Toronto, Ontario (PRWEB) January 19, 2013
What does a journey into the cosmic void look like?
A map of visions for the human condition, shaped by inspiring contributions from former thought-pioneers, 'Three Ways to View the World', by William Salo is a ground-breaking release that will challenge accepted dogmas and personal thought-boundaries.
'Three Ways to View the World' heralds that the world has changed radically, whether it be geological, technological, etc., and people must adjust their philosophical understanding of existence to accommodate to that. On a daily level, perceptions have to be modified to fit our changed environment. The book changes these perceptions by giving a though-provoking set of deeply logical topics on three levels of human experience: macroscopic topics, exx-rays from the aging cage, and cosmic cybertreks.
This nonfiction work of deep reflection deviates from the denigration of true literature that is occurring in our world today. There is an effort by the media to cater to the worst inclinations of people, and not only does 'Three Ways to View the World' defy that in its aspirations of probing, but it also makes a lesson of it in its pages.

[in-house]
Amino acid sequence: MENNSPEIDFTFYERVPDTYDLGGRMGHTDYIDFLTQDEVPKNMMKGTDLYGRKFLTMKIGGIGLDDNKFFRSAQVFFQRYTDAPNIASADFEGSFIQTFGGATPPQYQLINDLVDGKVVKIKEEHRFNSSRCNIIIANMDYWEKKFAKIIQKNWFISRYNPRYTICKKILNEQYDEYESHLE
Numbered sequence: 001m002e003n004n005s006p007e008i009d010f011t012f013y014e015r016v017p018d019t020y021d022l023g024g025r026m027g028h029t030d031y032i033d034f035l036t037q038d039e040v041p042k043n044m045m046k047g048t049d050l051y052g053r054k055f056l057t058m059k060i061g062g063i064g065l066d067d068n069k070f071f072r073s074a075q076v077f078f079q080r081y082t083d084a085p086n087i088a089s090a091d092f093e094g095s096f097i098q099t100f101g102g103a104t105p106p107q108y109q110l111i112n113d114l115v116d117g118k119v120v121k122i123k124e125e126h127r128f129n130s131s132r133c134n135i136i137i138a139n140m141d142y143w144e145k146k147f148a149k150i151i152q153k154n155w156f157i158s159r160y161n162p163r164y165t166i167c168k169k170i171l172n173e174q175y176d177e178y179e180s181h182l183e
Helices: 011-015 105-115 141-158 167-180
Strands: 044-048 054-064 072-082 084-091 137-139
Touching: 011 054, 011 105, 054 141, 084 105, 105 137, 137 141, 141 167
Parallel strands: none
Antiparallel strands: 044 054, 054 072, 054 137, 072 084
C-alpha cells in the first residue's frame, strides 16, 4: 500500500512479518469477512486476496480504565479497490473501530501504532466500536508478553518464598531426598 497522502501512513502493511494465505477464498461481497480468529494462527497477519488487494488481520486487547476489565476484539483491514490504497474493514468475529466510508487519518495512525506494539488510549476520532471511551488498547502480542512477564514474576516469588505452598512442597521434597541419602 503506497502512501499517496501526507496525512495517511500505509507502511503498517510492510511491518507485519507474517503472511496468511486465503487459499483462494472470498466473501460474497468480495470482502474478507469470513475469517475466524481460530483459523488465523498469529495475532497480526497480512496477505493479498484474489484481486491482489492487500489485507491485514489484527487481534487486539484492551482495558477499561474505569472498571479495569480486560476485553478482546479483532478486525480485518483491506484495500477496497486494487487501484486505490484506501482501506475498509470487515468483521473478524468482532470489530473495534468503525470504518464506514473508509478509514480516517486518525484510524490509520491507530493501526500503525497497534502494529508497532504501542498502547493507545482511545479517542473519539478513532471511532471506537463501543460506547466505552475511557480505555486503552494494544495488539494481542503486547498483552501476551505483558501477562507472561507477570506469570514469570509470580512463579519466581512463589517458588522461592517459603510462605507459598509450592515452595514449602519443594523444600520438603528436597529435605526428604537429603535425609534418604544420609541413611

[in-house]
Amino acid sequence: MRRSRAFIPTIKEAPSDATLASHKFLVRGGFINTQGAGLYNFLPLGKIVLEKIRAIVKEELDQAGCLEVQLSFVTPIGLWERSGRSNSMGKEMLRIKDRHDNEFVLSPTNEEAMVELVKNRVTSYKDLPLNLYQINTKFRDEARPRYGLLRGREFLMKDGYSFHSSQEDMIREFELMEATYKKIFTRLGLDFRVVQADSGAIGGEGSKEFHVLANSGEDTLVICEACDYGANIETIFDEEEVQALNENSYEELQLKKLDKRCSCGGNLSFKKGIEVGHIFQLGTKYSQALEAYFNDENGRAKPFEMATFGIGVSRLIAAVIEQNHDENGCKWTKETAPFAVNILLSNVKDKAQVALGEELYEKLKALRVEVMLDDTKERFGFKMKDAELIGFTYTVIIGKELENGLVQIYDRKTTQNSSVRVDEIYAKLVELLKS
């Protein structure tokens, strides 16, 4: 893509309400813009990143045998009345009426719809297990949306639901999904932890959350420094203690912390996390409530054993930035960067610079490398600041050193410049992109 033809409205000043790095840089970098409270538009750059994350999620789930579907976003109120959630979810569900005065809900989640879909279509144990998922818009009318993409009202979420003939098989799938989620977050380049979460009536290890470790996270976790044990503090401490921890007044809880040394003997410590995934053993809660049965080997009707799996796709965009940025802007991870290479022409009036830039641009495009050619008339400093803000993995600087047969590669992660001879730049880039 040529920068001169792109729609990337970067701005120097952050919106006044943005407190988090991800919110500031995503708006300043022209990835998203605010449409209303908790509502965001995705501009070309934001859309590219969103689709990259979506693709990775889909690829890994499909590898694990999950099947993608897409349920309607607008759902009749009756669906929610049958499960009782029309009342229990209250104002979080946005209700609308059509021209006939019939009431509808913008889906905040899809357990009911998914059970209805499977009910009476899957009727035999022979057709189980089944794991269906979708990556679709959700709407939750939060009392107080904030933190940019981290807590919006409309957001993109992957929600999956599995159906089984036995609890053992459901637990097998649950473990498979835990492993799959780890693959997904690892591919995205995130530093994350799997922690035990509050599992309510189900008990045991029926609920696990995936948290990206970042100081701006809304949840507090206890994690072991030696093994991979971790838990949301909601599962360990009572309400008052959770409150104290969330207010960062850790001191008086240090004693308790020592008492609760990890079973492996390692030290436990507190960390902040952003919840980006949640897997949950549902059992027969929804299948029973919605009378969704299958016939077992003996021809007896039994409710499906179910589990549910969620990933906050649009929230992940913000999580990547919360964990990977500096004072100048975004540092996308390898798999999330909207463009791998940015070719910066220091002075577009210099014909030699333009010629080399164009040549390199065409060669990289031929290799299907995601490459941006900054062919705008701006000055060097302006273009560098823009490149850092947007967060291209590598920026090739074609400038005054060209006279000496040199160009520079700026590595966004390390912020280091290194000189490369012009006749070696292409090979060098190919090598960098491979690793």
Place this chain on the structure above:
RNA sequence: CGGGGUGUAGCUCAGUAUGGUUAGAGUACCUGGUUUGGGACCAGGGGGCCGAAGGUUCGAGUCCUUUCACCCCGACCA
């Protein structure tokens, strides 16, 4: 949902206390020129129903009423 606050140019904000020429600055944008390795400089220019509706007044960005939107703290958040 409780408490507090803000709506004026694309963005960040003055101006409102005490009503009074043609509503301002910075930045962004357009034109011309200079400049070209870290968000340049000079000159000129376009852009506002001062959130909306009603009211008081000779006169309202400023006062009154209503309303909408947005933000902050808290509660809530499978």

By urging readers past well-traversed canyons of philosophy to find new terrain, 'Three Ways to View the World' is interactive in its learning curve, as readers have room at the end of each topical chapter to jot down their responses. The books is formatted in a way to cultivate long- standing comprehension.
Three Ways to View the World
By: William Salo
ISBN: 978-1-4525-5730-4 Hardcover: $17.99
Available at http://www.amazon.com
About the author
William Salo, a “super senior”, has lived through one of the most transitory times in the modern world, and he credits this with allowing him to pen Three Ways to View the World. He was a pilot with the Royal Canadian Air Force during WWII before his career as owner of a consultancy firm. He also worked in marketing for Colgate Palmolive and Best Foods corporations for ten years and operated a technical important company for seven years. He now leads an active retirement. He lives with his wife Lois, and has three children and two grandsons.